How did food go from being ‘subsistence’ to causing obesity

I am NOT a nutritionist. I feel like I know quite a bit about food because I have been working as a personal trainer and triathlon coach for many years and have been on the almighty quest for the ‘right way to eat’ most of my life…as is the case for many of us. My other perspective on food comes from my psychology background. I am NOT certified in nutritional psychology but I’ve taken several courses and feel like I have a fair grasp on how food effects psychology, thinking, emotions, focus, concentration, etc.

Some food history

Originally food was only used for survival. For many years this was because there was not the abundance of food we have today. People ate mainly to sustain life. Around the time of the industrial revolution food began to take on a new meaning.

According to the food historians, the precursors of modern cakes (round ones with icing) were first baked in Europe sometime in the mid-17th century. This is due to primarily to advances in technology (more reliable ovens, manufacture/availability of food molds) and ingredient availability (refined sugar). At that time cake hoops–round molds for shaping cakes that were placed on flat baking trays–were popular. They could be made of metal, wood or paper. Some were adjustable. Cake pans were sometimes used. The first icing were usually a boiled composition of the finest available sugar, egg whites and [sometimes] flavorings. This icing was poured on the cake. The cake was then returned to the oven for a while. When removed the icing cooled quickly to form a hard, glossy [ice-like] covering. Many cakes made at this time still contained dried fruits (raisins, currants, citrons).

It was not until the middle of the 19th century that cake as we know it today (made with extra refined white flour and baking powder instead of yeast) arrived on the scene. A brief history of baking powder. The Cassell’s New Universal Cookery Book [London, 1894] contains a recipe for layer cake, American (p. 1031). Butter-cream frostings (using butter, cream, confectioners [powdered] sugar and flavorings) began replacing traditional boiled icings in first few decades 20th century. In France, Antonin Careme [1784-1833] is considered THE premier historic chef of the modern pastry/cake world. You will find references to him in French culinary history books (hillybilly_cupcakes).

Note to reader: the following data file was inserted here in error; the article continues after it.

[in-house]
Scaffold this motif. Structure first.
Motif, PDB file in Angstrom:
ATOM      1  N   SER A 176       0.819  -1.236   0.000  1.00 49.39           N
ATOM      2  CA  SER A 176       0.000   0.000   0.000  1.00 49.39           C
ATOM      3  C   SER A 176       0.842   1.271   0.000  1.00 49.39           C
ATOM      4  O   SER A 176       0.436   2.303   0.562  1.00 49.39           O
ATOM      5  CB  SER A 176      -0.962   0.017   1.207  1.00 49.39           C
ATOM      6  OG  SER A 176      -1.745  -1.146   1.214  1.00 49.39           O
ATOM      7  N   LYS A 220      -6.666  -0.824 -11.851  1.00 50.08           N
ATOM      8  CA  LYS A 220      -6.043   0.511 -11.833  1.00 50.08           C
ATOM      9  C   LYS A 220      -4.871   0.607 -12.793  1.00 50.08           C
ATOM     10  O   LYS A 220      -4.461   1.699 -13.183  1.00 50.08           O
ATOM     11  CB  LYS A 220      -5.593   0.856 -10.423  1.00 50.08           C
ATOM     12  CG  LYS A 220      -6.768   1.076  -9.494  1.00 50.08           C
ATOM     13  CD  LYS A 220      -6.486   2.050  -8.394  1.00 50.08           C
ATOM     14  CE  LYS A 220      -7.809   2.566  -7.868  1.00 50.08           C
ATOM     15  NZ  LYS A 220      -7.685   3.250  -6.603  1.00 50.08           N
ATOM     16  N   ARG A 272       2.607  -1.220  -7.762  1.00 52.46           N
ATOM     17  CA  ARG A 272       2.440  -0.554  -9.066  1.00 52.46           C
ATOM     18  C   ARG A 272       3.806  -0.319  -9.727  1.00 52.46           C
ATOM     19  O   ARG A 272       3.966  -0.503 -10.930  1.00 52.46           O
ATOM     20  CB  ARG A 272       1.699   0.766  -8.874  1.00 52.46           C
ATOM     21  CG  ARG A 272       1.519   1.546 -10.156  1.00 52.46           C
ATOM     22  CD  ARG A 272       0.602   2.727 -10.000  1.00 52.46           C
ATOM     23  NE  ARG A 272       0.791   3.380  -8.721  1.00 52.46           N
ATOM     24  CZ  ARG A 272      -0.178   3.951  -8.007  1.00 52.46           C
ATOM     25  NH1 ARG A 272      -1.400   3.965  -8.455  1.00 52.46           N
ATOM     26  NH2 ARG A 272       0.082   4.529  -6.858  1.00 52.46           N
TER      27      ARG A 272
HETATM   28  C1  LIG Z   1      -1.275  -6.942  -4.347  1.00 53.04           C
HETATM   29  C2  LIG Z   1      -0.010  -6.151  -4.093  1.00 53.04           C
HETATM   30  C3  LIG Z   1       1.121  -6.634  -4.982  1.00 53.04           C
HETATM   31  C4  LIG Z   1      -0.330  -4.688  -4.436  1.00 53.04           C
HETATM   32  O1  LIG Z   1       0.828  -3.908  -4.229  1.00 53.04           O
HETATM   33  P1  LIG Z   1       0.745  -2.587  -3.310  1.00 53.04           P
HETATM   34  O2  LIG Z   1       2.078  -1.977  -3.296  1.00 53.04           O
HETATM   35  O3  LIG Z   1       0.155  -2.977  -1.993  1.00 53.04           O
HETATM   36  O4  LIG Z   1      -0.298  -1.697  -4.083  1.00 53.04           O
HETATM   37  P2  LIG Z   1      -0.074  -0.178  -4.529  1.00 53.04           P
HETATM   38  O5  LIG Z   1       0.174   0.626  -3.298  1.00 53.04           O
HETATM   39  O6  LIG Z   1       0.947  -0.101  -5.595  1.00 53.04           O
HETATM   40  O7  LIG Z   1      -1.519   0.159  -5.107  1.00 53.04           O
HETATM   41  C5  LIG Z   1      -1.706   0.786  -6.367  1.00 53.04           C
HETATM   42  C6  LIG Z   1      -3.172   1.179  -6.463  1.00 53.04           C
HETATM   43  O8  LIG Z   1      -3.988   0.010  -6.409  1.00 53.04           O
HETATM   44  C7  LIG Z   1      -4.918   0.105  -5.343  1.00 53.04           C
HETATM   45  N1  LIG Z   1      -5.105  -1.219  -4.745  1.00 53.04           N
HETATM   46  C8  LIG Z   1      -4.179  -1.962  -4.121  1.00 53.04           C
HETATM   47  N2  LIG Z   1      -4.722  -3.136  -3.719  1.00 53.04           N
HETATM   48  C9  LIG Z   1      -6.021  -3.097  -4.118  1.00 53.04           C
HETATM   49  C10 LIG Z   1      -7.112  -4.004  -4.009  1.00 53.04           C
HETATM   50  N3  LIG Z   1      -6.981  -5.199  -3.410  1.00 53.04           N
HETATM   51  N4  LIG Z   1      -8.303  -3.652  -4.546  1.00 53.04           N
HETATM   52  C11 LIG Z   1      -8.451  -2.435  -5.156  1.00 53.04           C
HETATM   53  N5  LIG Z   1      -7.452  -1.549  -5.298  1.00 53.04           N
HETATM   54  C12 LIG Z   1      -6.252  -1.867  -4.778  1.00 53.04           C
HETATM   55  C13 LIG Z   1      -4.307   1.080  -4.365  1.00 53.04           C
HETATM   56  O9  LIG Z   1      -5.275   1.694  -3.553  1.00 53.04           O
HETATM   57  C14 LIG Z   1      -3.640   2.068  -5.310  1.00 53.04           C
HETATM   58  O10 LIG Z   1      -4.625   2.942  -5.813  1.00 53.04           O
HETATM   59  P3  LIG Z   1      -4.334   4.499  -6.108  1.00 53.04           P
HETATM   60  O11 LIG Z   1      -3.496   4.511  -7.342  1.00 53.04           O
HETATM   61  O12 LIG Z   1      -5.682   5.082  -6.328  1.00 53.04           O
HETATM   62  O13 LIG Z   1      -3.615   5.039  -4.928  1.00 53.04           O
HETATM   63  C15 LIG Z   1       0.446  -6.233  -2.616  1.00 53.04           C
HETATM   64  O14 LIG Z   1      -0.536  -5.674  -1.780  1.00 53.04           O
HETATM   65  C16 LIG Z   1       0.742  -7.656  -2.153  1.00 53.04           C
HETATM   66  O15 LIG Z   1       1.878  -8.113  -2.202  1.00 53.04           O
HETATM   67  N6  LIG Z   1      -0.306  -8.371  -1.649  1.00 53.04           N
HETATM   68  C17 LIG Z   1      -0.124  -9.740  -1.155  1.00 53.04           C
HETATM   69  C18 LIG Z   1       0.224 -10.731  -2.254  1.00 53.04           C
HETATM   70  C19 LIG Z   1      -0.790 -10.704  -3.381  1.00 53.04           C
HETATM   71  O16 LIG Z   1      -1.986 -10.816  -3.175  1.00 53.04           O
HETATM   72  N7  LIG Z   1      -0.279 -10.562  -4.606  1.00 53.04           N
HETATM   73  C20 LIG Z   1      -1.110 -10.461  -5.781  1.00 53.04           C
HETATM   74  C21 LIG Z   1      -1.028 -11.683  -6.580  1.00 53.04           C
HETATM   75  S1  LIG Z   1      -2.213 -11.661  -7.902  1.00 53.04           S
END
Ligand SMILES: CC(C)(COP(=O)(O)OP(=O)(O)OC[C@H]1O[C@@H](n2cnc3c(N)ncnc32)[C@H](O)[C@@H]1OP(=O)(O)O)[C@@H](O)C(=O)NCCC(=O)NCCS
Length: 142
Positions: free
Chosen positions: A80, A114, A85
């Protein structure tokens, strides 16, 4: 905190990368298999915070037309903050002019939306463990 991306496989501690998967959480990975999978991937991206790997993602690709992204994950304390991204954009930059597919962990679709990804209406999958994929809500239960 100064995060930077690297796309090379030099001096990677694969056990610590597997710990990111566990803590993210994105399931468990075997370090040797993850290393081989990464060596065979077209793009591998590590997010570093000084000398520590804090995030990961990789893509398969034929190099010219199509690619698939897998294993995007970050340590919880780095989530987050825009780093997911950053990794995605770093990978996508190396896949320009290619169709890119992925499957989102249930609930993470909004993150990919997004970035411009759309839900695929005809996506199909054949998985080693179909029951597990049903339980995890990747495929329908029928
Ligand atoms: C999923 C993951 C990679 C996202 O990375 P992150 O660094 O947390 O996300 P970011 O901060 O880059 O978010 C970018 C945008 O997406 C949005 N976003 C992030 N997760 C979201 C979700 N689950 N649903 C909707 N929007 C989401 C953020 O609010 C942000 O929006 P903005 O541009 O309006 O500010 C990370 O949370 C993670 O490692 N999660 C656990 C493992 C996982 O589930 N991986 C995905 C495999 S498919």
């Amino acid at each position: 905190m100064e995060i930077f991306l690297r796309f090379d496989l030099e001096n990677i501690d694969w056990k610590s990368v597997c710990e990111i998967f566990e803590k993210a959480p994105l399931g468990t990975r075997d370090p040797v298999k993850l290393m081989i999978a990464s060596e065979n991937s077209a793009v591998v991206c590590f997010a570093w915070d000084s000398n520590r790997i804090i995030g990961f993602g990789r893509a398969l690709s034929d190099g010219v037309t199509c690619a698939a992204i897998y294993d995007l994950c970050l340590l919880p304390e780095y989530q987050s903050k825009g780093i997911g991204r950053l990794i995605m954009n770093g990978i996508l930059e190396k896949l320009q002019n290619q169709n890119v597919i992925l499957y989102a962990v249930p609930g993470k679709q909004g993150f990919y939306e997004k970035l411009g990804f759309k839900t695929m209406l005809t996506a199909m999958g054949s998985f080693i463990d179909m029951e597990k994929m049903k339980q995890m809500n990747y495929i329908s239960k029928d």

Why tell the story of ‘cakes’? This is really the story of all confections, the change in family dynamics around food and how food led to today’s obesity epidemic.

Changes in family dynamics

The change in family dynamics has had a huge impact on how we eat. As is evident above, there are more cakes available and there are more of all confections available and fast food has been on the rise and is a much cheaper option (always) but particularly now, in a society struggling with unemployment and numerous other economic issues.

It is in our family that we learn how to eat. That carries with us through our adulthood. If we don’t learn ‘healthy’ eating habits when we are kids then as adults we don’t (usually) have a healthy relationship with food. As kids: primarily eating fast food, eating a lot of fast food, eating a lot of junk, having a lot of sugary drinks and snacks and watching parents deal with anger, stress or frustrati0n with food. All of this carries over into adulthood.

As kids, we didn’t know any better. As a kid you do what you are told. As adults, we don’t know any better but we can learn and change. I do not say this lightly but you do have a choice. Part of that choice is changing physical patterns and for many of you a bigger part of that choice is changing the mental & emotional patterns.

How I can help

I work with people just like you to overcome mental & emotional patterns so they can reach their goals and get what they want: health, happiness & life!

Food should be more than sustenance, it should be pleasurable but when it’s pleasurable to the point of doing harm, is that still pleasure. Herein lies the most difficult part of emotional eating: differentiating between pleasure and harm.

Have a great day! Let me know how I can help! I do individual work in person in the Bay Area and phone and Skype everywhere else in the world!

Dr. Michelle

Photo credit: Erik Hartberg

Dr. Michelle

Five-time bestselling author, Dr. Michelle Cleere holds a Ph.D. in Clinical Psychology, a M.A. in Sport Psychology and a certificate in Eating Disorders. Her passion is unlocking the power of the mind so that athletes, musician, leaders and other performers have the confidence to perform at their peak.

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